Tuesday, May 28, 2013
At Mount Olivet's Doughboy
It gets shorter every year.
My friends and I guesstimate that we've been attending Fort Worth's annual Memorial Day observance at Mount Olivet Cemetery for fifteen years. For 8 decades, Mount Olivet has hosted a traditional, no-frills commemoration of military servicemembers killed in the line of duty. It's become the official Memorial Day event for both the city of Fort Worth and Tarrant County, usually attended by mayors, city councilmembers, county commissioners, and other local dignitaries.
But unlike some ceremonies, this one has been getting shorter every year.
They've thrown in an extra speech - a speech to introduce the person who's giving the main speech. This year, they added the sanctuary choir from one of the oldest congregations in Tarrant County, the politically and theologically liberal First Christian Church in downtown Fort Worth. About 40 people dressed in red and black sang the National Anthem, the Battle Hymn of the Republic, and a choral benediction. They sounded quite good, considering they had no amplification and it was a breezy evening.
Maybe the singing helped the service seem to fly by. But, then again...
It's never been a pretentious affair. An executive from a local veterans association runs the show, which includes proclamations from the city and county thanking the private cemetery for underwriting the evening. Interspersed are some military flourishes, such as a Presentation of the Colors, the playing of "Taps," a 21-gun salute by handicapped veterans in wheelchairs, and the solemn Retiring of the Colors, during which we in the audience stand in utter silence. It's very cool hearing how respectful, dignified, and patient people can be when they want to be.
There's also usually a bagpiper from the Fort Worth Fire Department who bleats out "Amazing Grace" while marching in full regalia along rows of big American flags.
One year, the soldiers got it wrong while folding up the Stars and Stripes during the Retiring of the Colors. They didn't have enough of the flag left over to tuck inside and create the appropriately-stiff triangle of star-spangled hallowedness. So, instead of fudging it, they slowly and methodically unwrapped what they'd done, and started folding it again. The whole thing must have taken ten minutes, and that's a long time when all you're doing is watching two young men fold up a piece of cloth. But we all waited, quietly, almost religiously, to make sure it was done properly. Veterans in attendance kept their sharp salutes the whole time, and in the stifling May heat we usually have for these ceremonies, that's no small feat.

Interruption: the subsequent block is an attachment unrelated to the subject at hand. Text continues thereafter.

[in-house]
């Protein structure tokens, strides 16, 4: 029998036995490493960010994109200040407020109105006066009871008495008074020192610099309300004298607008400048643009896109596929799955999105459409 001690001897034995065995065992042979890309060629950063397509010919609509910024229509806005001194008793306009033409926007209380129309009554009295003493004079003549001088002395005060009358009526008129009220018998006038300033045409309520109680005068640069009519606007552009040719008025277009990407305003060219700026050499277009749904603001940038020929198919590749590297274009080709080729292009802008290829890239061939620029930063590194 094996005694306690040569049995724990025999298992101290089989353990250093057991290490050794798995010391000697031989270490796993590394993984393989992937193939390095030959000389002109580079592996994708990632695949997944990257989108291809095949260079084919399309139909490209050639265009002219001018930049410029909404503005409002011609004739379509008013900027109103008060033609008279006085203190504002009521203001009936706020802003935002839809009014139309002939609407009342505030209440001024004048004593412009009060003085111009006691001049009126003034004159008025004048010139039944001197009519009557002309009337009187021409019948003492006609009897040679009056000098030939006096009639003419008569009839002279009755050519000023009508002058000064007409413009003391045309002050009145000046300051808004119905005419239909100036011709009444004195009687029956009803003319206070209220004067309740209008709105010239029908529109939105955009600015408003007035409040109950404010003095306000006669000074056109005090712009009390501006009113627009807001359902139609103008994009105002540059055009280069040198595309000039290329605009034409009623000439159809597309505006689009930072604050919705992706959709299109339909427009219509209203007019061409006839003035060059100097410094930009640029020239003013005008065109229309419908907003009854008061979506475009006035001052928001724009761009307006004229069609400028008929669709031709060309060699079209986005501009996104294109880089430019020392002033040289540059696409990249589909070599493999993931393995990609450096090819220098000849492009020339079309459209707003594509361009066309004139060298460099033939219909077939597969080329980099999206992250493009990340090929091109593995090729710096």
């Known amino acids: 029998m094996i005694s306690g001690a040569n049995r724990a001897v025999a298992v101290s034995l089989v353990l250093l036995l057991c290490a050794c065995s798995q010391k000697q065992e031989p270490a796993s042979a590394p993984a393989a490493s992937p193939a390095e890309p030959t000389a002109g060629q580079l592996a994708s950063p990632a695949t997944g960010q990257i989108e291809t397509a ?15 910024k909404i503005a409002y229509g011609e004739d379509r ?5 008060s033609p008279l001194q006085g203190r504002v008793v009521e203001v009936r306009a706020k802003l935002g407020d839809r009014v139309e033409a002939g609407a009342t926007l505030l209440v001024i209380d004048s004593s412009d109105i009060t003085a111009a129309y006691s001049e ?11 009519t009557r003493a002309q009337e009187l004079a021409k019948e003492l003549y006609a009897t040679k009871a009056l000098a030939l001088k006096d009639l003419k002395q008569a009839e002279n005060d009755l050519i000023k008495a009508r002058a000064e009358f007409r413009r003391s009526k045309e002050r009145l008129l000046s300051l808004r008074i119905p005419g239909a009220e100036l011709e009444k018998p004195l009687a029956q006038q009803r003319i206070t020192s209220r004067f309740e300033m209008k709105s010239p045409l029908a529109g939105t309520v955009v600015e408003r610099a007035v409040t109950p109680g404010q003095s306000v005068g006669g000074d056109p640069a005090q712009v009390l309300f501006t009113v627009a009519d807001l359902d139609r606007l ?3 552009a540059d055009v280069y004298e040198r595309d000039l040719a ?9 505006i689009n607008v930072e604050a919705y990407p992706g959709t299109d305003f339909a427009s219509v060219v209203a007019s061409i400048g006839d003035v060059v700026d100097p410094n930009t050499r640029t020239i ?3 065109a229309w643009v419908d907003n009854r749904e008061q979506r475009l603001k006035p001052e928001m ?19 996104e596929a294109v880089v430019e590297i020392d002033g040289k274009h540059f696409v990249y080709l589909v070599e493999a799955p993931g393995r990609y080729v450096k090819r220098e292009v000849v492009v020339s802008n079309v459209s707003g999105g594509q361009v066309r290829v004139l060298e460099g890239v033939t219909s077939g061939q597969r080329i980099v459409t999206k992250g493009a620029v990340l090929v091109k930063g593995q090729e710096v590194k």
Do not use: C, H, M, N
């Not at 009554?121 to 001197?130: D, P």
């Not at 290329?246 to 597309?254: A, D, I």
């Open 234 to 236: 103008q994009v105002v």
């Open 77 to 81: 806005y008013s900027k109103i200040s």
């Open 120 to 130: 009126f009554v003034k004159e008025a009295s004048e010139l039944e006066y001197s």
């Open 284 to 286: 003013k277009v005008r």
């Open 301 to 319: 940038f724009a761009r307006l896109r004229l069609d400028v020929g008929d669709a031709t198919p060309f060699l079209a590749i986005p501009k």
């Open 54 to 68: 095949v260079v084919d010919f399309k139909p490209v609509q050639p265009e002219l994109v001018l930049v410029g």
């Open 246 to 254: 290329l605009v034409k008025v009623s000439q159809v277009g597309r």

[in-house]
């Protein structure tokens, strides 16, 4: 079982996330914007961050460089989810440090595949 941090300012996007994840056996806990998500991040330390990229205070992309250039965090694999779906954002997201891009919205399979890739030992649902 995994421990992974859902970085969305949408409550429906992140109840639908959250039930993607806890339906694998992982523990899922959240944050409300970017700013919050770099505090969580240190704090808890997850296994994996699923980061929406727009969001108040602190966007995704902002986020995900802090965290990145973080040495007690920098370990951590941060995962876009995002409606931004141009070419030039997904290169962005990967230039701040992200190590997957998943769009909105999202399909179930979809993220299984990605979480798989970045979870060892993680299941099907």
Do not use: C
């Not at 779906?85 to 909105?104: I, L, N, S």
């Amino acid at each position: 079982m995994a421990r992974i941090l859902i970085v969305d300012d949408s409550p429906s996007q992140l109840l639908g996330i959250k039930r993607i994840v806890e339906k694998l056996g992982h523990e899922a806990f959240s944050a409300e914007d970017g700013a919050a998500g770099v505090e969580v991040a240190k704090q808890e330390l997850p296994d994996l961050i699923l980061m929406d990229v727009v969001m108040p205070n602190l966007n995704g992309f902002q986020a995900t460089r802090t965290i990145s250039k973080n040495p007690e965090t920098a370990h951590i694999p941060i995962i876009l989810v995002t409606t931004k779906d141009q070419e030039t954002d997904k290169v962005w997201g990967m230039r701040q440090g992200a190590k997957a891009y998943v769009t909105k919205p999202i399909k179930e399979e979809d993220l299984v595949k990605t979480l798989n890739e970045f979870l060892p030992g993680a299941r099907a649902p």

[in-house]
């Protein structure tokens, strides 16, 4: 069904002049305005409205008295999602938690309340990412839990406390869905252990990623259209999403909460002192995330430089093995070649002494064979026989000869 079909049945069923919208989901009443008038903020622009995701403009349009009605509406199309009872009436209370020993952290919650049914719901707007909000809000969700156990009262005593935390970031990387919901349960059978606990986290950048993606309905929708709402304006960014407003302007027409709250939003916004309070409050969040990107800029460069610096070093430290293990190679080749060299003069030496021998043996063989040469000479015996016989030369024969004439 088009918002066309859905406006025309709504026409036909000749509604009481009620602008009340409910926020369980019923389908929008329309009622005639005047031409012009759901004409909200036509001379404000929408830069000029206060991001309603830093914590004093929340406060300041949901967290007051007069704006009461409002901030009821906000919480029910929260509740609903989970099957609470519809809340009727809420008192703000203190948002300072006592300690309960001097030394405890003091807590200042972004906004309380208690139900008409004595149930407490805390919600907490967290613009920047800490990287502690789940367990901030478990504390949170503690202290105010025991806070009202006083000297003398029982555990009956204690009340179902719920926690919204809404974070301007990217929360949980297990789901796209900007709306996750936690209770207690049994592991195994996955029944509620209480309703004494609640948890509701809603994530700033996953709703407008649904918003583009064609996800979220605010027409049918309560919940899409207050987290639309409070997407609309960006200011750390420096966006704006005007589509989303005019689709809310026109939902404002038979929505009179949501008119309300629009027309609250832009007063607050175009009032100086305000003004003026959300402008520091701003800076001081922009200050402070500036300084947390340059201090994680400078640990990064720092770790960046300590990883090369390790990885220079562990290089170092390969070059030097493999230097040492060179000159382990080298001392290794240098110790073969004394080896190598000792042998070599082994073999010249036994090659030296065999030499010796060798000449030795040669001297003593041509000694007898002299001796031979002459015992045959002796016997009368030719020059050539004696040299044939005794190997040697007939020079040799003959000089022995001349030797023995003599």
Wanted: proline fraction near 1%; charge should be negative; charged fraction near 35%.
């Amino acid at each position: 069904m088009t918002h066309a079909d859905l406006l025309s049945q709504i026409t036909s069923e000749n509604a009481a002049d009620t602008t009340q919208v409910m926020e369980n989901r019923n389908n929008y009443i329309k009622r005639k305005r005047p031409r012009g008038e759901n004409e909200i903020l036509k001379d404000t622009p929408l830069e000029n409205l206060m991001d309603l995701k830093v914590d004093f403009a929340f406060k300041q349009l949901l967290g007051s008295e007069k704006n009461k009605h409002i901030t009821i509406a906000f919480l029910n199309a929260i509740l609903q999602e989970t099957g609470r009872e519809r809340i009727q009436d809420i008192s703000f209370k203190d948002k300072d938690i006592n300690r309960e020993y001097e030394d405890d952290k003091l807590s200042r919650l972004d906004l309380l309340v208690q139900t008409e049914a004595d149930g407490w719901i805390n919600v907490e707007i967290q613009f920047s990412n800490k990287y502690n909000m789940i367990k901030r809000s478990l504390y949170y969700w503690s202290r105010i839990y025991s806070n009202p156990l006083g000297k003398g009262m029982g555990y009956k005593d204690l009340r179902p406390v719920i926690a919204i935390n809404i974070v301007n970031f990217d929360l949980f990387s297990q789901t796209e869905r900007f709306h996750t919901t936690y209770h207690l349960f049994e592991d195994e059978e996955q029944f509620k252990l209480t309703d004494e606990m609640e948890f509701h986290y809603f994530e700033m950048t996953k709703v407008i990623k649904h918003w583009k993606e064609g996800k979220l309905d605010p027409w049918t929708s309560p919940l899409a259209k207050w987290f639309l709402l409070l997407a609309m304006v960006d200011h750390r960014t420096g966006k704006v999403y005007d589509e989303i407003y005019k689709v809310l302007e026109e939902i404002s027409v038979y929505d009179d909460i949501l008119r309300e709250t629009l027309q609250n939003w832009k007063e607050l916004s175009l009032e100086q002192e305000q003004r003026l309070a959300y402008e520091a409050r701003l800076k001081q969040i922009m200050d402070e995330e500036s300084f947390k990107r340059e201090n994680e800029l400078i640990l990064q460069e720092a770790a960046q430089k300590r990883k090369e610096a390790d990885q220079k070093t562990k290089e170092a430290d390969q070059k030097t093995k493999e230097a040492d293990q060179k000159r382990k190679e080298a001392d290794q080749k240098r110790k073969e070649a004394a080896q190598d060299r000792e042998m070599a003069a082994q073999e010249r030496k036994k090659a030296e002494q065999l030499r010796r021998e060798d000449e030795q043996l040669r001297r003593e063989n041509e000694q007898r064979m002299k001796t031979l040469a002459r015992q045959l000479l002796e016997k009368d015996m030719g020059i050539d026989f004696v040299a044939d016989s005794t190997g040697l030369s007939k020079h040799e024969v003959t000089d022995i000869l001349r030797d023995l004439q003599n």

One year, it had been raining all day, and it was drizzling as we gathered at the cemetery for the ceremony, so officials moved it indoors to one of the chapels. I remember that the air conditioning was turned down so low that I was actually freezing - the only time I've been cold during these Memorial Day services! I think they made the bagpiper play in another room down the hall; the low-ceilinged chapel being too small for the sound.
Yes, we could all fit into a funeral home's chapel back then. When my friends and I started attending, the crowds were definitely small, which was one of the reasons we decided to keep attending. The theology is thin to non-existent at these services, which are designed to be ecumenical. And most of the speeches are by either politicians or commanders at one of our local military installations, so their quality is decidedly hollow. But we've felt a certain obligation to make this yearly service a part of our Memorial Day Mondays, not out of a punitive sense of compulsion, but as a necessary reminder of the fact that real people have fought in real wars and died real deaths for our country.